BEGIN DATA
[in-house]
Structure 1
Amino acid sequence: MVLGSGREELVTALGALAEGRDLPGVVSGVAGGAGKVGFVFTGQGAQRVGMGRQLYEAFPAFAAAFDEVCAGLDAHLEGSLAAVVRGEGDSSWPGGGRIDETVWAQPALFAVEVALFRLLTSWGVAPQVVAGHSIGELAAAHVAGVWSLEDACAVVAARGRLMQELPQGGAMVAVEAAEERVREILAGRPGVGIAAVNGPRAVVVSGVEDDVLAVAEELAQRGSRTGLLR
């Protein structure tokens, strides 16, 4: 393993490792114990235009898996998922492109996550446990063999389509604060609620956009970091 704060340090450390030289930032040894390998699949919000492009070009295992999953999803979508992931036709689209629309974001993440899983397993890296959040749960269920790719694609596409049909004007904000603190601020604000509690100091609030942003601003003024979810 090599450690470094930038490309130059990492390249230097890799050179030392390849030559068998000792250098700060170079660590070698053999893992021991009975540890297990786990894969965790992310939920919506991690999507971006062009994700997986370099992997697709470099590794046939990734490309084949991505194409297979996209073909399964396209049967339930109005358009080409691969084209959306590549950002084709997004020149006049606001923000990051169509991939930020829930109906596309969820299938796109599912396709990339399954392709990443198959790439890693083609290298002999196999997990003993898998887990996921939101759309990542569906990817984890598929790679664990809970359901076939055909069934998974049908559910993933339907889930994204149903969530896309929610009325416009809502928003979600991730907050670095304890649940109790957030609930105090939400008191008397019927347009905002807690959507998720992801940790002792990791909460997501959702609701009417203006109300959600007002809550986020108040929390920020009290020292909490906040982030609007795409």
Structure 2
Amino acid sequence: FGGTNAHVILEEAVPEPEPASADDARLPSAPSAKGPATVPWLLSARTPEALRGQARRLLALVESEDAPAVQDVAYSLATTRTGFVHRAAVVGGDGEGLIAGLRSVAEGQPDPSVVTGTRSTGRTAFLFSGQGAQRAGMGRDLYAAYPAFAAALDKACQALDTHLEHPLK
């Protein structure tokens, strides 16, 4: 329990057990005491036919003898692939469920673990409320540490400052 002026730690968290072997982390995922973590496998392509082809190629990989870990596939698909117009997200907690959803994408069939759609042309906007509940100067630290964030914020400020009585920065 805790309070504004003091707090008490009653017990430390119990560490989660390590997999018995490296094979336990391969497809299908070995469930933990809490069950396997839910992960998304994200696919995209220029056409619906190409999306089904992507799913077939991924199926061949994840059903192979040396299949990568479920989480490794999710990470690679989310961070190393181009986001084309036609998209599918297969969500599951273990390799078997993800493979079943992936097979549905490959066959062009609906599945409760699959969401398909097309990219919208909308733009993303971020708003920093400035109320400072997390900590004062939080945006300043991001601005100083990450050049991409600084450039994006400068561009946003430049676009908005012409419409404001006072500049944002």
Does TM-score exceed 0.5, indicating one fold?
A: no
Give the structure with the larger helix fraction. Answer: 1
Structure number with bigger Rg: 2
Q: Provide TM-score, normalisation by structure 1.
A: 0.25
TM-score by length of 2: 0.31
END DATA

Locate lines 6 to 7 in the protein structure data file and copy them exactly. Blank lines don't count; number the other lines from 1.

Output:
Amino acid sequence: FGGTNAHVILEEAVPEPEPASADDARLPSAPSAKGPATVPWLLSARTPEALRGQARRLLALVESEDAPAVQDVAYSLATTRTGFVHRAAVVGGDGEGLIAGLRSVAEGQPDPSVVTGTRSTGRTAFLFSGQGAQRAGMGRDLYAAYPAFAAALDKACQALDTHLEHPLK
């Protein structure tokens, strides 16, 4: 329990057990005491036919003898692939469920673990409320540490400052 002026730690968290072997982390995922973590496998392509082809190629990989870990596939698909117009997200907690959803994408069939759609042309906007509940100067630290964030914020400020009585920065 805790309070504004003091707090008490009653017990430390119990560490989660390590997999018995490296094979336990391969497809299908070995469930933990809490069950396997839910992960998304994200696919995209220029056409619906190409999306089904992507799913077939991924199926061949994840059903192979040396299949990568479920989480490794999710990470690679989310961070190393181009986001084309036609998209599918297969969500599951273990390799078997993800493979079943992936097979549905490959066959062009609906599945409760699959969401398909097309990219919208909308733009993303971020708003920093400035109320400072997390900590004062939080945006300043991001601005100083990450050049991409600084450039994006400068561009946003430049676009908005012409419409404001006072500049944002």